Bank robberies, burglaries, and larceny are often the first types of security breaches that come to mind when considering external threats. According to FBI records, the number of bank robberies over the last several years range between four and five thousand per year – with losses to the financial institutions topping $33 million annually.
Banks, savings and loans, credit unions, and other financial institutions will always be a major target for attackers because of the number of assets held in offices and branches. Even remote locations with fewer assets are at risk because of the received availability of cash and sensitive data.
To protect against outside threats companies within the financial industry implement strict policies and procedures regarding security issues. Effective security requires controls tailored to each site in order to mitigate the risks of each branch or office based on location, vulnerabilities, and assets present. Addressing systemic and organizational issues, along with security gaps can effectively lower the risk of losses.
Organizations can identify security gaps by measuring the success of implementation. A few questions to answer might include the following:
- Does the company have adequate policies and procedures in place?
- Are new technologies available which would reduce losses in relation to the cost of implementation?
- Do employees closely follow written procedures designed to protect assets?
- Is training adequate to ensure compliance?
- Where are the gaps between installation and implementation?
- Do recommended policies and procedures meet compliance requirements?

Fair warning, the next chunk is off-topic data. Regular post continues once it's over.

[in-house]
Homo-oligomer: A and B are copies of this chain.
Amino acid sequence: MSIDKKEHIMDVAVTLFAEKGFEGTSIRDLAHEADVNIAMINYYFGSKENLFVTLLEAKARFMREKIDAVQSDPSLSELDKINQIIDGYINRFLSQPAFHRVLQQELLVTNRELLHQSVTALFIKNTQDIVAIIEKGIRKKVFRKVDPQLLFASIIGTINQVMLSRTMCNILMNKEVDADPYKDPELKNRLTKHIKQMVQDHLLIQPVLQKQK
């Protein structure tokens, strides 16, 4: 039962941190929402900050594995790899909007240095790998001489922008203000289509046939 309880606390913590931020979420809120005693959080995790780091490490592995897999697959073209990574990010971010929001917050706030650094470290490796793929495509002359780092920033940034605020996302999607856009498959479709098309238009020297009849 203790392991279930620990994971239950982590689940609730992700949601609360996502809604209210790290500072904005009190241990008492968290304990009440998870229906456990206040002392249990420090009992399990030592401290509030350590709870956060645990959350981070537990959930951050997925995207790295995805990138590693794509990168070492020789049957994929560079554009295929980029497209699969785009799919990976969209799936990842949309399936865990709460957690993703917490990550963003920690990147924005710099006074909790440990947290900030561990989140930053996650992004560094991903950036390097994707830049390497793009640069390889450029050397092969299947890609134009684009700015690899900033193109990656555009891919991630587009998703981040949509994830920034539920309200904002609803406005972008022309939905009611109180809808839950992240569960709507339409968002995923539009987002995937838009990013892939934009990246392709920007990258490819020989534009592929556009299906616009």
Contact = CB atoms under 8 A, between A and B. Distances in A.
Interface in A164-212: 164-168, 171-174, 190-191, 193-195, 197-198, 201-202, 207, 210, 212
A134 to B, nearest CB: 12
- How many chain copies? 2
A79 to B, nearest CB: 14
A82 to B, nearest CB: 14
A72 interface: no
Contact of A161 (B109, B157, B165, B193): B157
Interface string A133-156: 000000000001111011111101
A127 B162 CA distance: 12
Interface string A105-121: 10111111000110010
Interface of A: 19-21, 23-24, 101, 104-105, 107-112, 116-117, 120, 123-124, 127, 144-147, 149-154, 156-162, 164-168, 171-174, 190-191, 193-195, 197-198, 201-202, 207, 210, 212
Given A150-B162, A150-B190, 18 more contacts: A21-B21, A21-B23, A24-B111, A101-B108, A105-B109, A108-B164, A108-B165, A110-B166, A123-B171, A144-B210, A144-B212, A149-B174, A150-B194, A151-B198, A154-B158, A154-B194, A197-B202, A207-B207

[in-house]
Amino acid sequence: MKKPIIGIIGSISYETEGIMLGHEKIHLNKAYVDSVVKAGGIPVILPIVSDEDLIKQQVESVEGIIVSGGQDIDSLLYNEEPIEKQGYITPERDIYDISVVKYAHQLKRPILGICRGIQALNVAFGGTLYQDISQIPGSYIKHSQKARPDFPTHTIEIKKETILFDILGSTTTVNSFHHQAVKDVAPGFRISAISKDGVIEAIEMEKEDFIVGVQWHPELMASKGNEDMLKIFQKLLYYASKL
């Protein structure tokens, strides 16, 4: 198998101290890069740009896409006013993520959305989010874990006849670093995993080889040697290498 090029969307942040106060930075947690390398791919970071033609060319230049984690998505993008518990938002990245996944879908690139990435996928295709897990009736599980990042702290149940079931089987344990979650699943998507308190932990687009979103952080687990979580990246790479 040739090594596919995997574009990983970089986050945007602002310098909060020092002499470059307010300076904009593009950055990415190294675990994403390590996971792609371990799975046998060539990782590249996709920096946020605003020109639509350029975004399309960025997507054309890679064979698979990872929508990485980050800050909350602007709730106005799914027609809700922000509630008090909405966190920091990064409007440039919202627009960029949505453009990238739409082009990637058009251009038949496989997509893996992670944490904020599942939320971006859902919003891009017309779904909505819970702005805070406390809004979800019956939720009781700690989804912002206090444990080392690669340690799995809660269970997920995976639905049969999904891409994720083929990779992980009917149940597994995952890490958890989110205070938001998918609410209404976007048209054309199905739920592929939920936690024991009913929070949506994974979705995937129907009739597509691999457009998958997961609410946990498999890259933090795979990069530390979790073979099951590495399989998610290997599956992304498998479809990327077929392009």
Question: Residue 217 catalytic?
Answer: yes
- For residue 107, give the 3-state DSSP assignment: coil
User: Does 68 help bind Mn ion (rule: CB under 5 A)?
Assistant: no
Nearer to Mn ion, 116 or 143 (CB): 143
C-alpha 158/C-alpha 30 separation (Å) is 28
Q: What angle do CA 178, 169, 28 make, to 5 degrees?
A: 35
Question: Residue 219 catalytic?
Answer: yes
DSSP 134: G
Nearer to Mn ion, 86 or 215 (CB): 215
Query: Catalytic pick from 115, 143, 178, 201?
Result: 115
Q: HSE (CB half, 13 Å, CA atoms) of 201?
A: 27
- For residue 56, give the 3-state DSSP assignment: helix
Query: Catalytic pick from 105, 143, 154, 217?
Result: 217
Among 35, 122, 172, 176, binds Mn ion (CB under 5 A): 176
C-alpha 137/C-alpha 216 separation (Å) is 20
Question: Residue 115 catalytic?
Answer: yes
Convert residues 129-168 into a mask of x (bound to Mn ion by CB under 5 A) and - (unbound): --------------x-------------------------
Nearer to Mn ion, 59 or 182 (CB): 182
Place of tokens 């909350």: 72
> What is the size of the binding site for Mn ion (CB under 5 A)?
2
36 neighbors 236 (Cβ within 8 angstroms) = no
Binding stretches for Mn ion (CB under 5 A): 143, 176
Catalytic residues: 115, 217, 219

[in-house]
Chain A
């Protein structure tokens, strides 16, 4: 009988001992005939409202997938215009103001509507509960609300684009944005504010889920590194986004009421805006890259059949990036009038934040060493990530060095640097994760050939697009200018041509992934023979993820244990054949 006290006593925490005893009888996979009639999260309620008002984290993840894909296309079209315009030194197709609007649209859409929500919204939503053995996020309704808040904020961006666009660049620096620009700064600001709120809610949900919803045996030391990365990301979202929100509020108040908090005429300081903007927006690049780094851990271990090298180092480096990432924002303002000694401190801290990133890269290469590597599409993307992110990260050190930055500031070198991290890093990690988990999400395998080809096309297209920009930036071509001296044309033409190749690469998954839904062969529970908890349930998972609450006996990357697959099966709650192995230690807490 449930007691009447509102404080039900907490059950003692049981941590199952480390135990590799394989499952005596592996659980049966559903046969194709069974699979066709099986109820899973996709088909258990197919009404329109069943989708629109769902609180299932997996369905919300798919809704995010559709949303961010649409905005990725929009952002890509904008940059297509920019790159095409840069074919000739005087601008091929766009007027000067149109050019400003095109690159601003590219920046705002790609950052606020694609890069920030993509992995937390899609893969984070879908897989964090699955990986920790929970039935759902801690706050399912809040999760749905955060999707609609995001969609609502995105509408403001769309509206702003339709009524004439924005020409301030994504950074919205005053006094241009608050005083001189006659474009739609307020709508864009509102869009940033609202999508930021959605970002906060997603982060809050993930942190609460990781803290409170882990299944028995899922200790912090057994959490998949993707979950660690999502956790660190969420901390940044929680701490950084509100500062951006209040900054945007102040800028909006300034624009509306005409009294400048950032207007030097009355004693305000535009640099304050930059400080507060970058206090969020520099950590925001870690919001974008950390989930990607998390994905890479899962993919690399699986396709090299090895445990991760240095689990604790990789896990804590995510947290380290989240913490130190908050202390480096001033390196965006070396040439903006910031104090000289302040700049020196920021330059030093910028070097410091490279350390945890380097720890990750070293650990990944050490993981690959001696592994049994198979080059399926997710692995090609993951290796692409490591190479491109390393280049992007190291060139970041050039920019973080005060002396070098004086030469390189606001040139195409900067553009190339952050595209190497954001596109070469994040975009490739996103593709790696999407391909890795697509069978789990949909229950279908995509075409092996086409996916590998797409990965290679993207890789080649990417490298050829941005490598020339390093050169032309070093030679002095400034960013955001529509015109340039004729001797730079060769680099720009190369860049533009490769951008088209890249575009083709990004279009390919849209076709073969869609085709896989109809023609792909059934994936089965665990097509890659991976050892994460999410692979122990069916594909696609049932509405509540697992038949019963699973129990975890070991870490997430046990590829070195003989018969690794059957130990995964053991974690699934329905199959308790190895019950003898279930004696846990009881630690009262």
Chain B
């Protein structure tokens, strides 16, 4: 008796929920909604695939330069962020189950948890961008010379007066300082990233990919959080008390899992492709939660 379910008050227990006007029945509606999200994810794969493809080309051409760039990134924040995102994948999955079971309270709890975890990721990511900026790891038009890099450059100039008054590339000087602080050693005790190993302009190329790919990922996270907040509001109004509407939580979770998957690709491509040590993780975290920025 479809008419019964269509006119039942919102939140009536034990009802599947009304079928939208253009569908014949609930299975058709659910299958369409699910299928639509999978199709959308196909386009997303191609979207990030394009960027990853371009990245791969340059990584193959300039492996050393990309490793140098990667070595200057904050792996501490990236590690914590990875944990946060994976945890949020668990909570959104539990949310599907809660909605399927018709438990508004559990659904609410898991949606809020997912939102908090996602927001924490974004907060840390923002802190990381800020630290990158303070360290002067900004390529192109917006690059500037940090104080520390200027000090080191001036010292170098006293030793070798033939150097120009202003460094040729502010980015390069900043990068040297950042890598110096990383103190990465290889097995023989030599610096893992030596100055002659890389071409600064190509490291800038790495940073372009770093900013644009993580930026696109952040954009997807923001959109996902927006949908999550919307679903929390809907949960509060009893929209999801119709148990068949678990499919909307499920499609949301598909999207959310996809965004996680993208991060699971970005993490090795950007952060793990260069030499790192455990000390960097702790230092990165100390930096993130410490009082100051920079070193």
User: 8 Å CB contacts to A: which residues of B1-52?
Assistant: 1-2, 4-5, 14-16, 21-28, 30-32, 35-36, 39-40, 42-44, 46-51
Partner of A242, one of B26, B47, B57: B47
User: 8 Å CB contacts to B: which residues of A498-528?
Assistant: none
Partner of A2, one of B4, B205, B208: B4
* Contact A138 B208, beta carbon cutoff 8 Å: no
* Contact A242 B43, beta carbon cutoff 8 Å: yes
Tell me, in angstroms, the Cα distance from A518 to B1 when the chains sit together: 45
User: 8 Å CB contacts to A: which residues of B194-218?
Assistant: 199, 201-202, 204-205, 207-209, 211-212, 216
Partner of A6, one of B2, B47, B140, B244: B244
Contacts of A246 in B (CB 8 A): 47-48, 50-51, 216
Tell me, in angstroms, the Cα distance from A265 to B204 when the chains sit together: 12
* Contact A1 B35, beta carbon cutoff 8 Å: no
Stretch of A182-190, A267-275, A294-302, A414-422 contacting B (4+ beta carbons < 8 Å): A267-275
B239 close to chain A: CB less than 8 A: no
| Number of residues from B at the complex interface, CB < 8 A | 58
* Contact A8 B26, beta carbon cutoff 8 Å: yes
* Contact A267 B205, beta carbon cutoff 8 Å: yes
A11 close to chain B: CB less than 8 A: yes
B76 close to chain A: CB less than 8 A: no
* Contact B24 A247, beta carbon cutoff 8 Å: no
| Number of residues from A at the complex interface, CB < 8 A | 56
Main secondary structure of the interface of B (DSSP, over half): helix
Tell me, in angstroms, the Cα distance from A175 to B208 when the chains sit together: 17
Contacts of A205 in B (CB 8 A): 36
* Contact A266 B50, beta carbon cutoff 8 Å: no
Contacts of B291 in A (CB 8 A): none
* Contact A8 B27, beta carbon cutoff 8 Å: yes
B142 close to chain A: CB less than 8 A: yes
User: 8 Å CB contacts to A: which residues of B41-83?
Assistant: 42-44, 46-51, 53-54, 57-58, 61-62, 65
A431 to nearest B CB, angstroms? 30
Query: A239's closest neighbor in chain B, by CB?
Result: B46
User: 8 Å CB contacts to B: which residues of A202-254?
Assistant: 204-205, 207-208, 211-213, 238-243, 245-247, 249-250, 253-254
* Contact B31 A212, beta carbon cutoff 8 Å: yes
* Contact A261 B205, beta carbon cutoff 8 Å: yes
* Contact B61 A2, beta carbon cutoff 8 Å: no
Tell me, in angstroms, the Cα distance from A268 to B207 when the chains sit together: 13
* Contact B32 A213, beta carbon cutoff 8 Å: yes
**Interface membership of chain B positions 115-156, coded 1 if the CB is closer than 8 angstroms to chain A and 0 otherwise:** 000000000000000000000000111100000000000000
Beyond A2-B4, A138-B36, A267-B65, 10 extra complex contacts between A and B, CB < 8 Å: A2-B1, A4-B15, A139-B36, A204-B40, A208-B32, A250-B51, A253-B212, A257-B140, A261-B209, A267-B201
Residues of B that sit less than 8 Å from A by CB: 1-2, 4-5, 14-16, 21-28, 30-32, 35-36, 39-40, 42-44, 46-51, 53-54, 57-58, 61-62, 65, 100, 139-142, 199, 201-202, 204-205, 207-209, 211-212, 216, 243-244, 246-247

In 2016, the FBI reported 4,251 attacks on financial branches in the form of bank robberies, burglaries or larceny. In most cases, victim institutions had various security measures in place, which included alarms, surveillance cameras, bait money, access controls, and other measures. For instance, out of the 4,251 incidents, 4,085 institutions had alarms, 4,210 had surveillance cameras installed, 595 used surveillance tracking devices, and 56 operated controlled access to the area breached.
While institutions had security measures installed, there was a high failure rate when reviewing how the same measures functioned during the breach. For instance, out of 595 institutions with tracking devices, only 292 used the device, and only 266 functioned, providing a success rate of approximately 44%. Access controls had a success rate of only 43%.
Advances in technology and upgraded security measures can improve both the use and function rate of installed devices to reduce losses to financial institutions.
Learn how Senseon can mitigate these risks by visiting our finance market page where you can get in touch with our team of experts and download a whitepaper.